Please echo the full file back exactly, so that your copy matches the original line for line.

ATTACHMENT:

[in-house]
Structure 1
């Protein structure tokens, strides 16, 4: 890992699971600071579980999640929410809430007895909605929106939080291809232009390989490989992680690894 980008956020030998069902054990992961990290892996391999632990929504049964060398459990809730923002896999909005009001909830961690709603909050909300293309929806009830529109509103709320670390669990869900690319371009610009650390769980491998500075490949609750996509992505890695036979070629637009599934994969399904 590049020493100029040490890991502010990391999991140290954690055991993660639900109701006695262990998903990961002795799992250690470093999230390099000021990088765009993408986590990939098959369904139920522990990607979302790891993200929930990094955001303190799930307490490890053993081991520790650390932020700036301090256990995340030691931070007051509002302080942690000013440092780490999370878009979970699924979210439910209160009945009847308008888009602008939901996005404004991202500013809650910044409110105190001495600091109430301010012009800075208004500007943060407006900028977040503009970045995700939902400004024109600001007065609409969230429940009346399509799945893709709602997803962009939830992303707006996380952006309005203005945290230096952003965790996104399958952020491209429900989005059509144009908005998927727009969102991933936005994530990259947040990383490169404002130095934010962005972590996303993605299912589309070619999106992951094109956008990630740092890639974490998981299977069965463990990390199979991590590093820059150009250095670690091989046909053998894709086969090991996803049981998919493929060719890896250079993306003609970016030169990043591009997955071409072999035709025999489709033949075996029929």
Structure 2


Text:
[in-house]
Structure 1
């Protein structure tokens, strides 16, 4: 890992699971600071579980999640929410809430007895909605929106939080291809232009390989490989992680690894 980008956020030998069902054990992961990290892996391999632990929504049964060398459990809730923002896999909005009001909830961690709603909050909300293309929806009830529109509103709320670390669990869900690319371009610009650390769980491998500075490949609750996509992505890695036979070629637009599934994969399904 590049020493100029040490890991502010990391999991140290954690055991993660639900109701006695262990998903990961002795799992250690470093999230390099000021990088765009993408986590990939098959369904139920522990990607979302790891993200929930990094955001303190799930307490490890053993081991520790650390932020700036301090256990995340030691931070007051509002302080942690000013440092780490999370878009979970699924979210439910209160009945009847308008888009602008939901996005404004991202500013809650910044409110105190001495600091109430301010012009800075208004500007943060407006900028977040503009970045995700939902400004024109600001007065609409969230429940009346399509799945893709709602997803962009939830992303707006996380952006309005203005945290230096952003965790996104399958952020491209429900989005059509144009908005998927727009969102991933936005994530990259947040990383490169404002130095934010962005972590996303993605299912589309070619999106992951094109956008990630740092890639974490998981299977069965463990990390199979991590590093820059150009250095670690091989046909053998894709086969090991996803049981998919493929060719890896250079993306003609970016030169990043591009997955071409072999035709025999489709033949075996029929």
Structure 2